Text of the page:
And then there is the infamous “tombstone” proposal, on the corner of Great Marlborough Street and Hulme Street, which the planning committee approved despite receiving 750 letters of objection against it. The University of Manchester also did not support the scheme, raising the serious question of whether Manchester needs the purpose built student accommodation the council insists on building.

This is not the first time Manchester city council has ignored a “tsunami” of objection. As we reported last year, 5,000 local residents signed a petition against development on New Islington Green, 94% of those responding to the public consultation also objected to the plans, and it was still passed. These latest decisions add to the widely held narrative that Manchester council does not care what local residents have to say about planning applications and that public consultations are a tick-box exercise masquerading as a meaningful participatory process.

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There are those who say that Richard Leese’s strategy of “urban entrepreneurialism” – of embracing public-private partnerships to regenerate a city centre suffering from deindustrialisation – regenerated Manchester economically. And, on aggregate, Manchester is booming. But while unbridled development has created wealth, it has failed to distribute wealth. While Manchester is one of the most economically productive areas in the country, outside London, it also has the odious inequality accolades of having one of the lowest disposable household incomes, one of the highest rates of child poverty and the second highest rates of early death in England. And as members of Greater Manchester Housing Action explain, trickle-down economic approaches to development and placemaking have contributed to both the cynical commodification of Manchester’s rich cultural heritage and the burgeoning housing crisis in the city. One must ask, who does this economic system work for?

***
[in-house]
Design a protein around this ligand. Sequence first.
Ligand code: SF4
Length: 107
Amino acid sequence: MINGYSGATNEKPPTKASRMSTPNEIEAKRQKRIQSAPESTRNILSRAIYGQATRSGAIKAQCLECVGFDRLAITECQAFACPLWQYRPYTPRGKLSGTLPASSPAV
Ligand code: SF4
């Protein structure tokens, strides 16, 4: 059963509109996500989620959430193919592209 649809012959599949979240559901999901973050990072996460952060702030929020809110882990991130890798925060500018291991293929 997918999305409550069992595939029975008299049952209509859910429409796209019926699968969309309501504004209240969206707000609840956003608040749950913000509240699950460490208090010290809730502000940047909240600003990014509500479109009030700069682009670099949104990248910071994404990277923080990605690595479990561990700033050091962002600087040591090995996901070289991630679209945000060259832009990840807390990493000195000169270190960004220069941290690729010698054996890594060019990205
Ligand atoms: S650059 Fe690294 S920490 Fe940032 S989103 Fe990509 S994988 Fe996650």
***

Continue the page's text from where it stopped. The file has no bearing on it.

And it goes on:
This brings us to one of the more pernicious aspects about planning in the city, a grim political reality in Manchester of the unconstituted authority of developers and consultants over local government and, by extension, us. The Tombstone tower planners are Deloitte Real Estate. This is significant because according to research by Place North West, Deloitte Real Estate was listed as advising on 80% of large-scale planning applications and development frameworks in Manchester city centre as of 2017. Not much has changed since. The East Manchester Arena, as we have reported, is being pushed forward by Oak View Group, whose partner is Deloitte Real Estate. Deloitte Real Estate also has a hand in the co-living developments, such as that on First Street and Water Street. In one day alone last year, Manchester council approved £500m worth of development for co-living accommodation backed by the planner. If this doesn’t raise eyebrows, the fact that Manchester city council’s former chief executive Sir Howard Bernstein has had a paid role at the consulting firm since 2017 should. Deloitte Real Estate is not the only corporation profiting from the planning bonanza, but it is seen as the council’s favoured planner for city centre developments, advising on the majority of significant projects. Why?